Undergraduate Research > 2014 Workshop > Activities > Developing Student Ability to Ask Scientific Questions

Developing Student Ability to Ask Scientific Questions

Kaatje Kraft, Whatcom Community College
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This activity was selected for the On the Cutting Edge Reviewed Teaching Collection

This activity has received positive reviews in a peer review process involving five review categories. The five categories included in the process are

  • Scientific Accuracy
  • Alignment of Learning Goals, Activities, and Assessments
  • Pedagogic Effectiveness
  • Robustness (usability and dependability of all components)
  • Completeness of the ActivitySheet web page

For more information about the peer review process itself, please see http://serc.carleton.edu/NAGTWorkshops/review.html.

This activity has benefited from input from faculty educators beyond the author through a review and suggestion process. This review took place as a part of a faculty professional development workshop where groups of faculty reviewed each others' activities and offered feedback and ideas for improvements. To learn more about the process On the Cutting Edge uses for activity review, see http://serc.carleton.edu/NAGTWorkshops/review.html.

This page first made public: Aug 8, 2014


This activity is a two-part (three week) lab in which students initially develop a claim (non-scientific) and learn how to use evidence to support a claim. They then are provided with a scientific research question for which they need to make a claim supported with evidence from their own models (river/stream tables). Based on their results, they then ask a new research question, design the model, carry out their tests and report their results.



This is used in an introductory natural hazards course, but could easily be adapted for any introductory geology/geography course that deals with river processes.

Skills and concepts that students must have mastered

Students require no special skills beyond basic proficiency of reading, writing and communicating.

How the activity is situated in the course

Sequence of exercises at the very beginning of the semester/term.


Content/concepts goals for this activity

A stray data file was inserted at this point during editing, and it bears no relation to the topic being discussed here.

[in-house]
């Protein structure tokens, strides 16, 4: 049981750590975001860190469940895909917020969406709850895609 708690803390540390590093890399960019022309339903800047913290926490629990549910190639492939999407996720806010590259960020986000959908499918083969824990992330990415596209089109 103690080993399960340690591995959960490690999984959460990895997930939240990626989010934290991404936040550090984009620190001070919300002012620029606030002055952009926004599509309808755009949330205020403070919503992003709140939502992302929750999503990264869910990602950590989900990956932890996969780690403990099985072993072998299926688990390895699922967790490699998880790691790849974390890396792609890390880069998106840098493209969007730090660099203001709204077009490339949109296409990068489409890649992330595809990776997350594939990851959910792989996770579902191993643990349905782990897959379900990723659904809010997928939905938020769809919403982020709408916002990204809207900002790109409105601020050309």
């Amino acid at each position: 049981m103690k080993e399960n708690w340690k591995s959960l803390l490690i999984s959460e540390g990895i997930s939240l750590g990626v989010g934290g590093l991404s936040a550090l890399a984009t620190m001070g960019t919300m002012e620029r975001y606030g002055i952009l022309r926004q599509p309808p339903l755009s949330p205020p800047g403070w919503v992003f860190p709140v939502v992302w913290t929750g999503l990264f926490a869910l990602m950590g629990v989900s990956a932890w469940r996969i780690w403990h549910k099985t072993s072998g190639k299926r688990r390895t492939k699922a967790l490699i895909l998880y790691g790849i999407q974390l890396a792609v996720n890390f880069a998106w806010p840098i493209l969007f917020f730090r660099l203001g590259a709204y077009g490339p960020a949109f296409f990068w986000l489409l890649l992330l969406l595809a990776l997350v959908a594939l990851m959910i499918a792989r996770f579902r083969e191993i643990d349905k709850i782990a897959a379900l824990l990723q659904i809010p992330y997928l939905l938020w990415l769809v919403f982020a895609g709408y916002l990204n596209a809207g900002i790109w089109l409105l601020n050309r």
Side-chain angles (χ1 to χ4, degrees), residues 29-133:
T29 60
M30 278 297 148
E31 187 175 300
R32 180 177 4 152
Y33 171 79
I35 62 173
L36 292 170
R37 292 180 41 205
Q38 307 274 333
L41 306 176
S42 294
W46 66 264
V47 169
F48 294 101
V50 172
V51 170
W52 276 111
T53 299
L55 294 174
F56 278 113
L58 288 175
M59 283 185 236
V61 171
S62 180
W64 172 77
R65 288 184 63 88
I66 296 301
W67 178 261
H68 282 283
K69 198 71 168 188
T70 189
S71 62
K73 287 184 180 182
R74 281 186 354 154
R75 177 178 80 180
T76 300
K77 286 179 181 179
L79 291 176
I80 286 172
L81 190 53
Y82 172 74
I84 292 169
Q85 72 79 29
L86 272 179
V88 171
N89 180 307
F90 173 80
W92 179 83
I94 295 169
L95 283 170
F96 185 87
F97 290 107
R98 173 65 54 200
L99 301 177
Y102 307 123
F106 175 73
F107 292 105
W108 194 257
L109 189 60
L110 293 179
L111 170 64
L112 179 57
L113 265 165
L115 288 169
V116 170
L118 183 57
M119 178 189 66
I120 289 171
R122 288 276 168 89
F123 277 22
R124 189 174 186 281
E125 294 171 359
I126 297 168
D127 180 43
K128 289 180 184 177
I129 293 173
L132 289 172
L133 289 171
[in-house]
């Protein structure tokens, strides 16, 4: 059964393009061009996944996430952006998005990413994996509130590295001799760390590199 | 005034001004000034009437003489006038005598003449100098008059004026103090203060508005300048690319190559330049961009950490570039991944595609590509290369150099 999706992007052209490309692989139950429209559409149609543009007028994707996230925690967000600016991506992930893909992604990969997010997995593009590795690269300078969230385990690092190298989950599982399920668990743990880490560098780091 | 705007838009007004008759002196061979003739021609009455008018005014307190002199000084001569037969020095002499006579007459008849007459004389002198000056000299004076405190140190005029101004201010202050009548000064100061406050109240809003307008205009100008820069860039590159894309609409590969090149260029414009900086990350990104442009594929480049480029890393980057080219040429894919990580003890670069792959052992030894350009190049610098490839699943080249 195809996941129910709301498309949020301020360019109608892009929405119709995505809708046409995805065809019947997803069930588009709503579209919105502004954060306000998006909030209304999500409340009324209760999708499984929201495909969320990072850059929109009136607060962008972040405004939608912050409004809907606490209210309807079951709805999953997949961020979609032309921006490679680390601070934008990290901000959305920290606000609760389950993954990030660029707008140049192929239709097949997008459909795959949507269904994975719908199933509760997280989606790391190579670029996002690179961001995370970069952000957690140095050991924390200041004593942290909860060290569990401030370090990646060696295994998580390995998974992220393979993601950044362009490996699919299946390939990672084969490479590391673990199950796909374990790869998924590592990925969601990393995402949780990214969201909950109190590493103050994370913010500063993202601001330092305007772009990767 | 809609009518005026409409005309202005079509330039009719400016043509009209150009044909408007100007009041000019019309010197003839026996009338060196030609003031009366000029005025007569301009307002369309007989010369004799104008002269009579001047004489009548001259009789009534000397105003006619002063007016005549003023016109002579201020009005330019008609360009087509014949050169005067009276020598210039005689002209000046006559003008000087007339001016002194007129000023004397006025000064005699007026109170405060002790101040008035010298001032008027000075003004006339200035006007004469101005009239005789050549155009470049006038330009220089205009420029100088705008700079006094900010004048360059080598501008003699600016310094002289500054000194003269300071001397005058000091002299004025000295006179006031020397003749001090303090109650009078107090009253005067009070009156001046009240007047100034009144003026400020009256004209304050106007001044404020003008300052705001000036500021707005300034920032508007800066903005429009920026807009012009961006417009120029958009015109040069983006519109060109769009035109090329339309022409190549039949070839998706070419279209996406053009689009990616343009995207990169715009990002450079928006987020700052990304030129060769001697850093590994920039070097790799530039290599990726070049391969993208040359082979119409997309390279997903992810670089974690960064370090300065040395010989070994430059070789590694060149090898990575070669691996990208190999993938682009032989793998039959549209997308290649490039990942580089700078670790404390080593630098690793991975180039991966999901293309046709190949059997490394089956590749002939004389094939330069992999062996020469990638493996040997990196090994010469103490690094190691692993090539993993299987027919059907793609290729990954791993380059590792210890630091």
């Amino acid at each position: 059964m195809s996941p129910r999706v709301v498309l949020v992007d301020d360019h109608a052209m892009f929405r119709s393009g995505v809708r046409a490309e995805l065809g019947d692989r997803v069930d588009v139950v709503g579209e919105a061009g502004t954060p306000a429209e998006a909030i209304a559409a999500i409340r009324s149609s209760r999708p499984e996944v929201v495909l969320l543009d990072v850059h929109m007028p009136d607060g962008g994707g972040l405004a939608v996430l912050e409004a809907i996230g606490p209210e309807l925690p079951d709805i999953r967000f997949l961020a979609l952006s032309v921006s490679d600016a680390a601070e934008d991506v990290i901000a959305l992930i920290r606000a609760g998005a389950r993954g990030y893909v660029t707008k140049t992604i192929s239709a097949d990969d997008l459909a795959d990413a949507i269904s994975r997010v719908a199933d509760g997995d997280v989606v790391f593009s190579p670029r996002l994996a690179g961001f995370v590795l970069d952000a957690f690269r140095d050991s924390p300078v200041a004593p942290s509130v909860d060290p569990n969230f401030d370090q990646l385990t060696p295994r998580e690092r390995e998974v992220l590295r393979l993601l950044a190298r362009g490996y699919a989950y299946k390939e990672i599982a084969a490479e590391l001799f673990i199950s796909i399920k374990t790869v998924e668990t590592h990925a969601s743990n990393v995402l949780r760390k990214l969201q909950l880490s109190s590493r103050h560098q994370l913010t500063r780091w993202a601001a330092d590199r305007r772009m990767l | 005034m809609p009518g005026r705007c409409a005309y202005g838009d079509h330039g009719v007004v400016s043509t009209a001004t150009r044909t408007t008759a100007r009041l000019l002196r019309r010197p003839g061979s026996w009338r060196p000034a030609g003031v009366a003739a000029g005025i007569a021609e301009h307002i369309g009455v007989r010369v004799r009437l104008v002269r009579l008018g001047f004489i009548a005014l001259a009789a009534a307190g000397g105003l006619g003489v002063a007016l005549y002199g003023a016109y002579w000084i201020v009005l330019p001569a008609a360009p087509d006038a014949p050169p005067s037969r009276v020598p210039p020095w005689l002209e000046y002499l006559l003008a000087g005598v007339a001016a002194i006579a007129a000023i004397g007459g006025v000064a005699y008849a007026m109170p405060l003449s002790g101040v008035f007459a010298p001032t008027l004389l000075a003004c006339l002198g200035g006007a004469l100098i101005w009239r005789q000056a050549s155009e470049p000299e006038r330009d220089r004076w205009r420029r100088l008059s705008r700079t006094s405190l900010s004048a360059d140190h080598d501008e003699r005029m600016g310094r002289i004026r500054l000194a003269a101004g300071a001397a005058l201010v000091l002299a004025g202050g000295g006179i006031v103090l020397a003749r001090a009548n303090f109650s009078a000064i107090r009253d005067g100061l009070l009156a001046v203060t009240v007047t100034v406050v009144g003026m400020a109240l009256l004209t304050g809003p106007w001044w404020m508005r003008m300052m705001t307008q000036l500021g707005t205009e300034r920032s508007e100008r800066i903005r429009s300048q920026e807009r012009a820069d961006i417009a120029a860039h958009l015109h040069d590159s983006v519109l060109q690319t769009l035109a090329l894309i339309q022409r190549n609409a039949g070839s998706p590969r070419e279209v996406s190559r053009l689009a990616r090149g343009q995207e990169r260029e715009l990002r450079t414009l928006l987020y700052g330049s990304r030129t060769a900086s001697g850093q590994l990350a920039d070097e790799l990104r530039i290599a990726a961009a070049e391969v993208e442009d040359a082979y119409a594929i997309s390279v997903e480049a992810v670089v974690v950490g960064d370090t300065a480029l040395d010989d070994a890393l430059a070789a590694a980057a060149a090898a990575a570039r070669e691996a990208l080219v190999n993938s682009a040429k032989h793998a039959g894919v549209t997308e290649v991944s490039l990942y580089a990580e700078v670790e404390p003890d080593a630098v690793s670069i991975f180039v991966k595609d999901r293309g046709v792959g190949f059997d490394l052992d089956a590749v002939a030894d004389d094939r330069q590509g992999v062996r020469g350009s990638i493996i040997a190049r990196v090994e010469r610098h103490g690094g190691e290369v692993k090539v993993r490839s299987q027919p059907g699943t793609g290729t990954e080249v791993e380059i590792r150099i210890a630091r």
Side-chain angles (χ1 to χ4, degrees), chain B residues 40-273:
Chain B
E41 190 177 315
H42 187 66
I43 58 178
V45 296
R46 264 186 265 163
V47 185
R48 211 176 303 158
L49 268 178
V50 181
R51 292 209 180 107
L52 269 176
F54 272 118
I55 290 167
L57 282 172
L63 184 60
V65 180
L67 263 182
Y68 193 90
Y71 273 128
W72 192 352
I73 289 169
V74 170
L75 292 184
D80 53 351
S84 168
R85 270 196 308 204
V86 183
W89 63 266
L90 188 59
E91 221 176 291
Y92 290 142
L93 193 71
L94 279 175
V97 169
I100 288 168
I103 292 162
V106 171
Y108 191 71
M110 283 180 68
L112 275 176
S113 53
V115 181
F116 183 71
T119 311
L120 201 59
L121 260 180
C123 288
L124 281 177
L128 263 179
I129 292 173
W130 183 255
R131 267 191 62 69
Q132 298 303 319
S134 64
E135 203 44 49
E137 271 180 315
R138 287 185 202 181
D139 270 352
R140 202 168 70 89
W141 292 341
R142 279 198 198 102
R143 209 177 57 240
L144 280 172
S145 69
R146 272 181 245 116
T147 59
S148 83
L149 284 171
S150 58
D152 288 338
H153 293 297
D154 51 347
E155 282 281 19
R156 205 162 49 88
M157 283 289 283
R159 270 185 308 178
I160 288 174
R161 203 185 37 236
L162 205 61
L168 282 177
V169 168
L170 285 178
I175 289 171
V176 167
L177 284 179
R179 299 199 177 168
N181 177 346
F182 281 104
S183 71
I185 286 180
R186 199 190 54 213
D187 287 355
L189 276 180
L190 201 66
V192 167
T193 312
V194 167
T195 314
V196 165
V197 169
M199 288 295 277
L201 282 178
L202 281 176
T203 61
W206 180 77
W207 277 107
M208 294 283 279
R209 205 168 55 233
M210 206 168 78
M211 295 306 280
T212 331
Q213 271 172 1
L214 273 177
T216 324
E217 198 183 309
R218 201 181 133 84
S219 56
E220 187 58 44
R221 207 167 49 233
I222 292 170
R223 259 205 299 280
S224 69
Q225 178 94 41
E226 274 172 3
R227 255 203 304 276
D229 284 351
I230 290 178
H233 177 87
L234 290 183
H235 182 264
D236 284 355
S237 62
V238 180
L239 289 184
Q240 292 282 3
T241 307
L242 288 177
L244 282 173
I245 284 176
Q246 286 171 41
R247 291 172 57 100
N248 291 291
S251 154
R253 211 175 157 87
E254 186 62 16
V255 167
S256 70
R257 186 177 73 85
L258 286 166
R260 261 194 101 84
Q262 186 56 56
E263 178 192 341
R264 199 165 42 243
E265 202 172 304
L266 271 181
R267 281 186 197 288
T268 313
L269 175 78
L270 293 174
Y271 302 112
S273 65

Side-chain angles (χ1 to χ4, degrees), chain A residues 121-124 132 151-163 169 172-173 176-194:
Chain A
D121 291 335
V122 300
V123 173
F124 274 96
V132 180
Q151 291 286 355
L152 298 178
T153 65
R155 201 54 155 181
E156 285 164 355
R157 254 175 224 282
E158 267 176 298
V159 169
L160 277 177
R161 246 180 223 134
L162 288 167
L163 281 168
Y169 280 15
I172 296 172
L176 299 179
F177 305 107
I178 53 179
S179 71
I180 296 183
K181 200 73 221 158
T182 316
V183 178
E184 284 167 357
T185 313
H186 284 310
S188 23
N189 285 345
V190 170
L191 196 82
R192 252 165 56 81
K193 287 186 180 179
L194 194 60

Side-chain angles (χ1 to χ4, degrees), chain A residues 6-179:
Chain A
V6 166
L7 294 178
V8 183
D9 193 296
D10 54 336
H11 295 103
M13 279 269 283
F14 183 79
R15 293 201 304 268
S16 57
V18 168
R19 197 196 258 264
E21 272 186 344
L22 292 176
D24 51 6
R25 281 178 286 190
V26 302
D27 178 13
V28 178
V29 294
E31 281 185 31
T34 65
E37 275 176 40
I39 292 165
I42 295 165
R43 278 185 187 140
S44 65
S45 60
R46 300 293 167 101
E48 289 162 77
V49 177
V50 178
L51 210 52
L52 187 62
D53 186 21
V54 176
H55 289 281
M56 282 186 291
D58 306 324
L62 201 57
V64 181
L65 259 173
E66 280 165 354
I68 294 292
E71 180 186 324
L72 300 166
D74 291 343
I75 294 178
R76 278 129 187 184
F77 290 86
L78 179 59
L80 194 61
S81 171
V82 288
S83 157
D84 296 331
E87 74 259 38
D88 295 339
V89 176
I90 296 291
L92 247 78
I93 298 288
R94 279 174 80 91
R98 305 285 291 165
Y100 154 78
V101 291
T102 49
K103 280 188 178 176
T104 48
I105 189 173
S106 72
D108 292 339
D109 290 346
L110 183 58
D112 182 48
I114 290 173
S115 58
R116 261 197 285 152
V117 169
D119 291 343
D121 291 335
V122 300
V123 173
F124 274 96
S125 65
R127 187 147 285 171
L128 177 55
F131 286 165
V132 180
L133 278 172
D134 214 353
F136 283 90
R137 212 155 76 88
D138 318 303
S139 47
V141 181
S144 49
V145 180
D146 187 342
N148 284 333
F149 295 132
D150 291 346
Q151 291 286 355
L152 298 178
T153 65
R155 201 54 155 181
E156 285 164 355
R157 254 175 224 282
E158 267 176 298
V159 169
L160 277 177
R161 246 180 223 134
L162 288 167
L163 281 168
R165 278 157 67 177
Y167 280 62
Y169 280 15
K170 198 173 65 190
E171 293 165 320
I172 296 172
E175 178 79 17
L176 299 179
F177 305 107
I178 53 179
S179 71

Lab 1: Using evidence to support a claim (Microsoft Word 40kB Aug5 14)

Lab 2: Using scientific evidence to support a scientific claim (Microsoft Word 33kB Aug5 14)

Higher order thinking skills goals for this activity

Other skills goals for this activity

Description and Teaching Materials

Lab 1:

  1. Students are presented with a series of possible research questions to answer, as a team, they must select one and do research on how to support a given claim
  2. Students will need computers and internet access (or access to research materials) and white boards to present their findings to the class
  3. Students participate in a "poster session" reporting on their findings and defending their stance.
  4. Post-activity discussion can include how emotions DO influence the scientific process and how peer review/going public can help to keep scientist accountable.
Lab 2:

  1. Students are presented with two basic research questions, of which they can choose one to answer: How does slope affect a river channel or how does ground material affect a river channel?
  2. Students work in small groups to select a research question, design a way to test the claim they decide to make based on their research question and determine if they may need to revise their claim and develop a new research question based on the outcomes of their initial trials (in addition, students start to appreciate the need to control variables as best as possible and the complexities of Earth as a system)
  3. Materials are listed in the lab, the key is that they aren't told what should go into their river system, they need to decide that for themselves. Instructor input may be needed as they're developing their models. Students generally want to jump right into testing, it requires some self-regulation to assure they have a well-thought out plan prior to engaging in the actual model testing.
  4. Based on their findings, students re-match up and share their results and learn from each other what different groups did. They then take this information back to their fellow group members and develop a new research question to test. These must be approved by the instructor.
  5. Once approved, students test new research questions, and report out on their results in a "poster session". Students receive feedback from their peers.
  6. If time allows, ask students to consider how their claims changed as they worked on new data and how the need to go public forces them to make their details clear.

Teaching Notes and Tips

In lieu of clay, I have used cornstarch, which is much cheaper.

These labs typically take three full lab weeks, but I find after, they are better primed to talk about the use of data in different analyses and have a better sense of the subtleties and complexities of the scientific process. In addition, they begin to appreciate the importance of clear lab notes.


I have both individual assessments and larger group assessments:

Content based:

Group based:


References and Resources

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